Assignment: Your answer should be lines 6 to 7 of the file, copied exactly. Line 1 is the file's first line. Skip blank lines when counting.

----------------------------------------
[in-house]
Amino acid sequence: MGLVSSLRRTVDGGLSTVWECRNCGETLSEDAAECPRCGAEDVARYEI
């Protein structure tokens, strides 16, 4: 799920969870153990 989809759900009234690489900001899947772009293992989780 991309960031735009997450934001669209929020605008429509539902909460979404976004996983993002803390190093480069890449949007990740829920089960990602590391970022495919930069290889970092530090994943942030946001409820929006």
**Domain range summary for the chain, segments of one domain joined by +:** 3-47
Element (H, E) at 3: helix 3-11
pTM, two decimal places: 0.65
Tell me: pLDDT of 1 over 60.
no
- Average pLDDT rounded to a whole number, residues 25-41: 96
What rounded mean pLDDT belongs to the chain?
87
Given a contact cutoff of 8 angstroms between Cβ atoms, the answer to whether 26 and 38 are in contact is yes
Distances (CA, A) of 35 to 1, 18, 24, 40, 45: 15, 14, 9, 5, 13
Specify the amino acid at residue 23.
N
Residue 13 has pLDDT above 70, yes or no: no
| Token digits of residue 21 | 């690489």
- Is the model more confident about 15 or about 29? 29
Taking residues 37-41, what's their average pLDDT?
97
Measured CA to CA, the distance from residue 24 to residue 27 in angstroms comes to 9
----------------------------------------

pTM, two decimal places: 0.65
Tell me: pLDDT of 1 over 60.